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16-core 'personal' supercomputer


The Highlander

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So you want somthing to run Vista... well here it is..

 

Tyan unleashes 16-core 'personal' supercomputer

Computex 2006 Taiwan's Tyan today pledged to ship a deskside "personal supercomputer" powered by eight Intel low-voltage 'Woodcrest' Xeon processors and packing up to 48GB of memory in the fourth quarter. But expect to pay at least $10,000 for the wheel-mounted machine, the company said.

 

Named Typhoon - it'll "blow you away", quipped Tyan CEO Symon Change - the 68 x 36 x 32cm system contains four removable motherboard units, each with a pair of dual-core Xeon 5100-series LV CPUs and 12GB of registered 533MHz or 667MHz DDR 2 SDRAM. Each 'node' board can take a single SATA storage devices

 

The four nodes run co-operatively using Windows or Linux clustering software to deliver "respectable" performance for scientific apps, Chang said. And for business and productivity tools too, it added - the company wants to broaden the machine's appeal beyond boffins and engineers.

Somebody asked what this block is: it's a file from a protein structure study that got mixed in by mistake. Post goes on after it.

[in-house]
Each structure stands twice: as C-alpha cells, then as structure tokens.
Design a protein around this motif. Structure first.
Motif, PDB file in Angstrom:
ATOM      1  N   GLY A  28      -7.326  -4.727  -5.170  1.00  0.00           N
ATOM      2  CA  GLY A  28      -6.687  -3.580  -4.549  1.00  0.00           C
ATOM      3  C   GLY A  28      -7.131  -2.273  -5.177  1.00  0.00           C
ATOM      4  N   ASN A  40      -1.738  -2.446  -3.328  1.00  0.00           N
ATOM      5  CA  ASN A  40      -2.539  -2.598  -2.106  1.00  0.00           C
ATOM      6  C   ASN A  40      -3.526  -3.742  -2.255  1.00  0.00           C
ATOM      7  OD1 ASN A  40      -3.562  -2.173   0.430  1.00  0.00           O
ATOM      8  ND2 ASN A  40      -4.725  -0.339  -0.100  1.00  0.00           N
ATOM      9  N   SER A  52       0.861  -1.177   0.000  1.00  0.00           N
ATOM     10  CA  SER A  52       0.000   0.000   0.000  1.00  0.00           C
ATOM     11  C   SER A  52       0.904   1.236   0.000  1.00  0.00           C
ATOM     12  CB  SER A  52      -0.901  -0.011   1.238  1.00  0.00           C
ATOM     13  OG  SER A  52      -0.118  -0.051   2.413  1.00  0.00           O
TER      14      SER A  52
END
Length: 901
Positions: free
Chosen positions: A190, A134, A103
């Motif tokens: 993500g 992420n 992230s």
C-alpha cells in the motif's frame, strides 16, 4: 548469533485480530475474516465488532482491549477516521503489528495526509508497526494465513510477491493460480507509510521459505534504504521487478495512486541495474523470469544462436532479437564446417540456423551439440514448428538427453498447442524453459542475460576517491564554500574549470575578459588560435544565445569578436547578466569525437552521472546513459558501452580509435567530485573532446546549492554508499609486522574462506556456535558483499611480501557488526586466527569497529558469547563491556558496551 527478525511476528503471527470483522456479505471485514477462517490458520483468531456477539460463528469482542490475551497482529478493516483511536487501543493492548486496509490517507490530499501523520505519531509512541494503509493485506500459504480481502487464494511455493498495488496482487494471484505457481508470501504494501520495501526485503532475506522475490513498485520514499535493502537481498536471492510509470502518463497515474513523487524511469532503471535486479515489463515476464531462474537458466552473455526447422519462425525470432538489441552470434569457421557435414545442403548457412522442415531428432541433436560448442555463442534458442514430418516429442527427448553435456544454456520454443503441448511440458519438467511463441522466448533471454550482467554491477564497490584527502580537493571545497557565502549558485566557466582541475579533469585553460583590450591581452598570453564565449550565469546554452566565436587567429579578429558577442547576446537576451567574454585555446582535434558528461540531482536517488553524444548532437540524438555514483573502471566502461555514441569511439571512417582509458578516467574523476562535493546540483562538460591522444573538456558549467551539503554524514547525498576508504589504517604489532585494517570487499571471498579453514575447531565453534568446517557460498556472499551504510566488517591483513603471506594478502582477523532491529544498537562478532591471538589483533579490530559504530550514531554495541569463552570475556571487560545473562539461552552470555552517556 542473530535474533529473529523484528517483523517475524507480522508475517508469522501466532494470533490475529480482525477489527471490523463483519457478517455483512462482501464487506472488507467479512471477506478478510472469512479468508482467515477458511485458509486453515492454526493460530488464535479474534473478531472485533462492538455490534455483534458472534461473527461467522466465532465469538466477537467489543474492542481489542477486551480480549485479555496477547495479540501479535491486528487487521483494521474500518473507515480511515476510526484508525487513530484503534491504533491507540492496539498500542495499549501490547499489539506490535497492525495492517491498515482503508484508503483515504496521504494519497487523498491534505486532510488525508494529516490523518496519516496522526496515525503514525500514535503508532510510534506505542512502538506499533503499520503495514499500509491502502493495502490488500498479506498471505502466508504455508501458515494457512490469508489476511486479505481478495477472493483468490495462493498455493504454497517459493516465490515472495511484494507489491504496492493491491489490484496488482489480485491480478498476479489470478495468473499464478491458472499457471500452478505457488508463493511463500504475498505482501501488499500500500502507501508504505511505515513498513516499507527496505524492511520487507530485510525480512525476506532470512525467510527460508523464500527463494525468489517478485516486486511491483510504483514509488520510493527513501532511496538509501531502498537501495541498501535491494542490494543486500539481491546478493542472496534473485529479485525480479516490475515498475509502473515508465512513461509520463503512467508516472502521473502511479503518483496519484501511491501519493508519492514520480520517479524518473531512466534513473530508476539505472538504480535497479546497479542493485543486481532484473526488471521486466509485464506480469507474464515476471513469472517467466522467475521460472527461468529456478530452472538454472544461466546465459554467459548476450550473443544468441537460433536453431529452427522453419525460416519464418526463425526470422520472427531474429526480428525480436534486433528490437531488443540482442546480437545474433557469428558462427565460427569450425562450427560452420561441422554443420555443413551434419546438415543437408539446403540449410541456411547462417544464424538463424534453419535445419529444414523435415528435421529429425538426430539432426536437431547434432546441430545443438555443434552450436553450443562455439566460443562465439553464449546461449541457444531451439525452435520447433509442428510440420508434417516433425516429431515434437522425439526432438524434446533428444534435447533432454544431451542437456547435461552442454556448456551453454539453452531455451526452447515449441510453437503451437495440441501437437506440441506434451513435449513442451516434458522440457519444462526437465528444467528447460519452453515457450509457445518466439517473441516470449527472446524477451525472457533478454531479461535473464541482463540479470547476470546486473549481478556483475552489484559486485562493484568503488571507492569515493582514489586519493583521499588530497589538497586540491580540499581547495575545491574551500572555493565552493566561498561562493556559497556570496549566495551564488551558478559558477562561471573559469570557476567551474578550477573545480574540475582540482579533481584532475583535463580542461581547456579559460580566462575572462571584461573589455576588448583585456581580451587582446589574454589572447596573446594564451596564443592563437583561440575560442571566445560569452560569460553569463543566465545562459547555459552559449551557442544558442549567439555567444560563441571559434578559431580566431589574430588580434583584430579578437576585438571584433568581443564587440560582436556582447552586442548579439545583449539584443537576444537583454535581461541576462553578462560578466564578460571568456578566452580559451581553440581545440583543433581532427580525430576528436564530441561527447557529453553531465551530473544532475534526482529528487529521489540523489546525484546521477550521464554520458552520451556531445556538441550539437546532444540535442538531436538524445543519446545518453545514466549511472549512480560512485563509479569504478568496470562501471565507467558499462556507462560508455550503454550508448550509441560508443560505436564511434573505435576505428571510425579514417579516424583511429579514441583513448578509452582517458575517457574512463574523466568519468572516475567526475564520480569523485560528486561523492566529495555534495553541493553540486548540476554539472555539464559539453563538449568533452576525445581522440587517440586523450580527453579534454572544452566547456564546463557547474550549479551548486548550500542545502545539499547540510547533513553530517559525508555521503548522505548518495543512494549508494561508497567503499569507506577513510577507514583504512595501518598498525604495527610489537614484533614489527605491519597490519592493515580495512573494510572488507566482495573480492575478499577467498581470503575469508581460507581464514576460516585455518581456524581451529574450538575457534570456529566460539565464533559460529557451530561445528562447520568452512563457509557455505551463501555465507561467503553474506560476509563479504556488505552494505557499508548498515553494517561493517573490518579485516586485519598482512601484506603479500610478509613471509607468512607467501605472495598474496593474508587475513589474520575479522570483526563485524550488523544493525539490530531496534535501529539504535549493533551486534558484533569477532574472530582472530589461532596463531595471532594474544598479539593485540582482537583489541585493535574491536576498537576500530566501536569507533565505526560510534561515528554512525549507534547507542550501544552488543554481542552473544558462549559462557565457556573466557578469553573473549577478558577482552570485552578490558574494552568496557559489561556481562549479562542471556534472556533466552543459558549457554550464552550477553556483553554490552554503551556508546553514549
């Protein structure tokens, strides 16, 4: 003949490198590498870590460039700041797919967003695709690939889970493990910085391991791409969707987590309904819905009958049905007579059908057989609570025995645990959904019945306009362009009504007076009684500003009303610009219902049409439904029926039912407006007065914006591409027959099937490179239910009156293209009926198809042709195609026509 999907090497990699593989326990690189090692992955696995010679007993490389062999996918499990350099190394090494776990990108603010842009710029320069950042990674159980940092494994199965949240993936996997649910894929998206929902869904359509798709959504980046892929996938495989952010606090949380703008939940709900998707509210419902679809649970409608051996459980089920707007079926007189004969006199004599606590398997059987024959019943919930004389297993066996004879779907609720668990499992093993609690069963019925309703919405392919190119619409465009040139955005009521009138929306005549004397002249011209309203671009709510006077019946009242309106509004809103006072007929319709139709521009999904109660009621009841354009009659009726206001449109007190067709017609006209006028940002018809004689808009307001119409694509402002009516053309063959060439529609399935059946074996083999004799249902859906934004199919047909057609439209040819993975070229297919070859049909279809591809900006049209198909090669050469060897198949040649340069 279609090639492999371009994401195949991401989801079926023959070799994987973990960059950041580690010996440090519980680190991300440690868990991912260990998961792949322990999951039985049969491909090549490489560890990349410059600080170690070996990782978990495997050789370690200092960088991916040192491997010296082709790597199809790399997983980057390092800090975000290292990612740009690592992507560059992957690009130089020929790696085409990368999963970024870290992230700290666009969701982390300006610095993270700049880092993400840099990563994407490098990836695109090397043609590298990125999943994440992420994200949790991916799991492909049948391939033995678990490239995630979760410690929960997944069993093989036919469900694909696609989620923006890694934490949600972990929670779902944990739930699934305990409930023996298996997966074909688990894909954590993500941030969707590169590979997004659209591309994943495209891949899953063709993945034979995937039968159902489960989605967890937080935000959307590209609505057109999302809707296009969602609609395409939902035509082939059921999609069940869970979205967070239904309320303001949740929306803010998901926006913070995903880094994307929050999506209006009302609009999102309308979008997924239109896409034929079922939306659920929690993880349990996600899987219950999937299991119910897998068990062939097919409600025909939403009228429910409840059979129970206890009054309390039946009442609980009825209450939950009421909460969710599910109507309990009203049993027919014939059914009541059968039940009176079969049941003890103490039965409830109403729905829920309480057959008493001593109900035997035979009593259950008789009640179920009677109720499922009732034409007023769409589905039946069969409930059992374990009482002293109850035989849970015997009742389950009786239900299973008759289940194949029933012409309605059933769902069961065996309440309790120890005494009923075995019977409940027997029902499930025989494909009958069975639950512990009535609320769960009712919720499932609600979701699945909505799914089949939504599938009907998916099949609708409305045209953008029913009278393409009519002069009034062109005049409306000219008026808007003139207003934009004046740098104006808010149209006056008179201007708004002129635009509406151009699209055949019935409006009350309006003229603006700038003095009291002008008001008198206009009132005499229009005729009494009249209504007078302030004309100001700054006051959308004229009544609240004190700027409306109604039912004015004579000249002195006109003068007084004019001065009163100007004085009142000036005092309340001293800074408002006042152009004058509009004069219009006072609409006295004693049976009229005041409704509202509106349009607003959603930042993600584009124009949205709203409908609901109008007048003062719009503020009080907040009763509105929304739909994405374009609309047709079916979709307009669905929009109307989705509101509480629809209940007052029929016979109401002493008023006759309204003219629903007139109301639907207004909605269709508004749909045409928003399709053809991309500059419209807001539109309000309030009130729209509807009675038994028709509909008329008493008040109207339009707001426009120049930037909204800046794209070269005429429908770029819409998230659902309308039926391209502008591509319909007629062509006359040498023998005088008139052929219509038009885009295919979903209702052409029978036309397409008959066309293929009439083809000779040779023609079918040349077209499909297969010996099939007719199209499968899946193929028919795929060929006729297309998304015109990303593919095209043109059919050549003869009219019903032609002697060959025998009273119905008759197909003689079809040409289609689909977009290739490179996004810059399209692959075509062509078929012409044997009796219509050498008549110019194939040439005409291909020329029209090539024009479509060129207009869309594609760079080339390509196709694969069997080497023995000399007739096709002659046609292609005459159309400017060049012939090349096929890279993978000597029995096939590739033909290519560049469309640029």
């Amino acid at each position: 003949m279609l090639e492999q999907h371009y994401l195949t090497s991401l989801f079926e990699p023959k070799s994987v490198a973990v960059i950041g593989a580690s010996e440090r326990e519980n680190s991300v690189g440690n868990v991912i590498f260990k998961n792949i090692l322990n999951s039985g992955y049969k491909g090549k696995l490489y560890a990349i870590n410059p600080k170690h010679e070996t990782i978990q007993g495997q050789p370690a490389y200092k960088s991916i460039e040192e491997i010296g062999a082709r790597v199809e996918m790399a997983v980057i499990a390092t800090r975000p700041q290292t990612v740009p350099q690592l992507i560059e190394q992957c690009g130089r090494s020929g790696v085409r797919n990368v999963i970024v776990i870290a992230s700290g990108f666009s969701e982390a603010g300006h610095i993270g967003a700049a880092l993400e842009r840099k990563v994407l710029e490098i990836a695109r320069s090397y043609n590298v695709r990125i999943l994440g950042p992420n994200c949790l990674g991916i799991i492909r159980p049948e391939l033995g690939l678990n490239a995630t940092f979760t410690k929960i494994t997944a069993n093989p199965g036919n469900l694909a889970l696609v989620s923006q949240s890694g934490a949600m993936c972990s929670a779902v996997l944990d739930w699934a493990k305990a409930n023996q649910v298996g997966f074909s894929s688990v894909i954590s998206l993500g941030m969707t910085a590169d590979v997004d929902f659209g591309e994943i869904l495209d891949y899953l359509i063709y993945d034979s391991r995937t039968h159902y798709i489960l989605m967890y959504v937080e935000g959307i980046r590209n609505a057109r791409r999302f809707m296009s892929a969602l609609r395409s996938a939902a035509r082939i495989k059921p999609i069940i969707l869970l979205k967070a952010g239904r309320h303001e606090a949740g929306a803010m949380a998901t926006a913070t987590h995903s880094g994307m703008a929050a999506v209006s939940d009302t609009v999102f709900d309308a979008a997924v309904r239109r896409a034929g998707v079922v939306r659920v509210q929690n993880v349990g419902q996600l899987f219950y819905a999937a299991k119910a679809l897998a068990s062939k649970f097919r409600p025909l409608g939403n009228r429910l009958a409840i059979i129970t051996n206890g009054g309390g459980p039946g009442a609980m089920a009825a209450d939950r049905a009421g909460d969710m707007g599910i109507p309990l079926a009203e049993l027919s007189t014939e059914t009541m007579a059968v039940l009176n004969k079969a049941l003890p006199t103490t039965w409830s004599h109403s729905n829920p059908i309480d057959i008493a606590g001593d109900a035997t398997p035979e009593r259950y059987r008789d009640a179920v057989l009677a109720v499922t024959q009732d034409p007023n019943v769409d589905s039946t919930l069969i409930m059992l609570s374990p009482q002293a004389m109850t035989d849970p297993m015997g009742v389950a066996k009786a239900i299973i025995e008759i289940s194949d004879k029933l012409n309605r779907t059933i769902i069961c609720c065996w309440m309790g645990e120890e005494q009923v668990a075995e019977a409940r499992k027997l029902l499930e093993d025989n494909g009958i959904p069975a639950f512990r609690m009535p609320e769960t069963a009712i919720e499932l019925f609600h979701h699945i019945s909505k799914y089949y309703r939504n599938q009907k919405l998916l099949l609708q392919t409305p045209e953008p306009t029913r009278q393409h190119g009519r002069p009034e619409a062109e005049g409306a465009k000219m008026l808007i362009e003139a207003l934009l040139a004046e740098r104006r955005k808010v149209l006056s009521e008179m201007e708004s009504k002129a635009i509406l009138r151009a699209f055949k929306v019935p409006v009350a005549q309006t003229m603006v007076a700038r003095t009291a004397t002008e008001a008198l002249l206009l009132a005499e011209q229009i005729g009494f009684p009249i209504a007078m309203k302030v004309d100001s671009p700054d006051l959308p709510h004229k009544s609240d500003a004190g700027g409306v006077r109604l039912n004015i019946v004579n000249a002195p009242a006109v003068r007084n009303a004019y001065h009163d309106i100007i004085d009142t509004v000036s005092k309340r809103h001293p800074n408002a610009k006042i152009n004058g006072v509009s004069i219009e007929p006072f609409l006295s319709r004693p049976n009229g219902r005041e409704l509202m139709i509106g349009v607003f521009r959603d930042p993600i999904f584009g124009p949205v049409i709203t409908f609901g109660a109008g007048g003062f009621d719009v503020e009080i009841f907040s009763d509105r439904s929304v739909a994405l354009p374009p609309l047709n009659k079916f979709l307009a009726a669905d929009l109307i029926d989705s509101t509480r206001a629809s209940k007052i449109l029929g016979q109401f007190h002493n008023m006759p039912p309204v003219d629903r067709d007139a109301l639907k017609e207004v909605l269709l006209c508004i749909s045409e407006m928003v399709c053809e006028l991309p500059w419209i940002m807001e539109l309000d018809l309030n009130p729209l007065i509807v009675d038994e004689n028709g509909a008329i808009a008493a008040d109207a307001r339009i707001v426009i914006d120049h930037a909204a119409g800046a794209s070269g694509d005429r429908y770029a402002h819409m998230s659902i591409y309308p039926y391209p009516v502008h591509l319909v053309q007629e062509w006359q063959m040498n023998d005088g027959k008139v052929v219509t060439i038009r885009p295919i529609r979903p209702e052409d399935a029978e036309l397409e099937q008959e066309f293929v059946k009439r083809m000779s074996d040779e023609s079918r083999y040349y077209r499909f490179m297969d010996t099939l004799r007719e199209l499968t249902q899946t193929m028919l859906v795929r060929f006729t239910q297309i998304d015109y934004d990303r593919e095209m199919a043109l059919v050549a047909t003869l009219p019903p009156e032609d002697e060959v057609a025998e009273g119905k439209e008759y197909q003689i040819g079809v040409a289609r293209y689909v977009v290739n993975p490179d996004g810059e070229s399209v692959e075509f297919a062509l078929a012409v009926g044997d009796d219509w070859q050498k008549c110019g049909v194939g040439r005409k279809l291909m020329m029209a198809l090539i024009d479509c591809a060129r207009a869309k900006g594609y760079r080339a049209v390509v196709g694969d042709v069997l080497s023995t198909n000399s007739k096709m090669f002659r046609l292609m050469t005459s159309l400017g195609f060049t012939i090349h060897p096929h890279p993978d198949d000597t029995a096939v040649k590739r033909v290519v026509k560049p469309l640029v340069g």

The Woodcrest-based Typhoon, the B5372, will be preceded by the B5191, this time based on four 'Conroe' Core 2 Duo CPUs but capable of taking up to 64GB of unbuffered 667MHz DDR 2 connected via an Intel 3000 North Bridge - the B5372 uses the 'Blackford VS' chipset. The Conroe machine is aimed at "cost-conscious" buyers, Tyan said, the other at the more performance hungry.

 

Both models have eight USB and eight Gigabit Ethernet ports. They ship with an XGI Volari Z7 (XG20) GPU with 16MB of dedicated graphics memory. Each box consumes just under 1,400W in total - each node has its own PSU and requires its own power cable. If the power draw is high, the noise isn't: Typhoon generates under 45dB, Tyan said.

 

Tyan said Typhoon would going into mass production later this year: August for the B5191, with the B5372 coming in October. Tyan said prices will start at around $10,000 - plenty for a personal computer, but rather less than comparable supercomputing cluster set-ups cost, the company claimed. ®

 

 

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In today's dollars, do you realize what my Commodore 64 was worth when new? In today's dollars, do you realize what my Compaq 5300 was worth when new?

 

Computers are now a commodity, thank heaven, and if you can actually use that much computing power and if the machine is reliable then you can certainly afford it in terms of computing power for dollar of cost. The cost in terms of what it might do to your personal finances or marital bliss is beyond the scope of the present comment and will vary from user to user. Then again, the application you have in mind would have to pretty exotic, to say the least. It all boils down to having an application that justifies the cost.

 

Astrophysics? Qantum mechanics? Brain scans? What are you into anyway? Do you have any idea of how powerful that contraption is in historic terms?

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